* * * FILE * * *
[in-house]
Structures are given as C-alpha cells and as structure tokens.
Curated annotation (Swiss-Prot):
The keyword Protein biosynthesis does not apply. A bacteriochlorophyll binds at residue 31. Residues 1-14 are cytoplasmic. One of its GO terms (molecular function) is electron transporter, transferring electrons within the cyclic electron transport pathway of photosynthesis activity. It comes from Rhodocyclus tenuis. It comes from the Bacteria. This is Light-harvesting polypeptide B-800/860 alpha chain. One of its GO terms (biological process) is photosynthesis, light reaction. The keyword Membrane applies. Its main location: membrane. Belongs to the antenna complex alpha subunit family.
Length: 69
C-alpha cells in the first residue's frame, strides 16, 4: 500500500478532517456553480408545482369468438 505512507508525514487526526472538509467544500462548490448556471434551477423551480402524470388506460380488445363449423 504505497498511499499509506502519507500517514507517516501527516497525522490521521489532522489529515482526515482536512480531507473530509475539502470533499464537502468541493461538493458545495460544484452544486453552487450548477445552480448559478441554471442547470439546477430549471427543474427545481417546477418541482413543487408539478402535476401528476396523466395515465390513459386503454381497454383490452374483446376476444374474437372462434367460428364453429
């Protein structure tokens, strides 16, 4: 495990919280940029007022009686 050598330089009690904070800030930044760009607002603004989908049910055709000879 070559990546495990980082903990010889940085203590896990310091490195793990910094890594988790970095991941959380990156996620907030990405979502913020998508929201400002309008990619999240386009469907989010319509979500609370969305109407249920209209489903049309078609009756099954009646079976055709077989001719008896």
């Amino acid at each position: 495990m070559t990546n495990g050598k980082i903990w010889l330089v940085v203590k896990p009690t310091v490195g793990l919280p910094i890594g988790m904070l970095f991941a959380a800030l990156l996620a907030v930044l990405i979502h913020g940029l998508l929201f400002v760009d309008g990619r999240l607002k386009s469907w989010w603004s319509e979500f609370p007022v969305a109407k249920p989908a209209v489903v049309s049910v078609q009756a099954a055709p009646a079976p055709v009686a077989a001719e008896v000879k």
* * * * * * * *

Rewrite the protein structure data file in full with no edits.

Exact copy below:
[in-house]
Structures are given as C-alpha cells and as structure tokens.
Curated annotation (Swiss-Prot):
The keyword Protein biosynthesis does not apply. A bacteriochlorophyll binds at residue 31. Residues 1-14 are cytoplasmic. One of its GO terms (molecular function) is electron transporter, transferring electrons within the cyclic electron transport pathway of photosynthesis activity. It comes from Rhodocyclus tenuis. It comes from the Bacteria. This is Light-harvesting polypeptide B-800/860 alpha chain. One of its GO terms (biological process) is photosynthesis, light reaction. The keyword Membrane applies. Its main location: membrane. Belongs to the antenna complex alpha subunit family.
Length: 69
C-alpha cells in the first residue's frame, strides 16, 4: 500500500478532517456553480408545482369468438 505512507508525514487526526472538509467544500462548490448556471434551477423551480402524470388506460380488445363449423 504505497498511499499509506502519507500517514507517516501527516497525522490521521489532522489529515482526515482536512480531507473530509475539502470533499464537502468541493461538493458545495460544484452544486453552487450548477445552480448559478441554471442547470439546477430549471427543474427545481417546477418541482413543487408539478402535476401528476396523466395515465390513459386503454381497454383490452374483446376476444374474437372462434367460428364453429
């Protein structure tokens, strides 16, 4: 495990919280940029007022009686 050598330089009690904070800030930044760009607002603004989908049910055709000879 070559990546495990980082903990010889940085203590896990310091490195793990910094890594988790970095991941959380990156996620907030990405979502913020998508929201400002309008990619999240386009469907989010319509979500609370969305109407249920209209489903049309078609009756099954009646079976055709077989001719008896």
């Amino acid at each position: 495990m070559t990546n495990g050598k980082i903990w010889l330089v940085v203590k896990p009690t310091v490195g793990l919280p910094i890594g988790m904070l970095f991941a959380a800030l990156l996620a907030v930044l990405i979502h913020g940029l998508l929201f400002v760009d309008g990619r999240l607002k386009s469907w989010w603004s319509e979500f609370p007022v969305a109407k249920p989908a209209v489903v049309s049910v078609q009756a099954a055709p009646a079976p055709v009686a077989a001719e008896v000879k």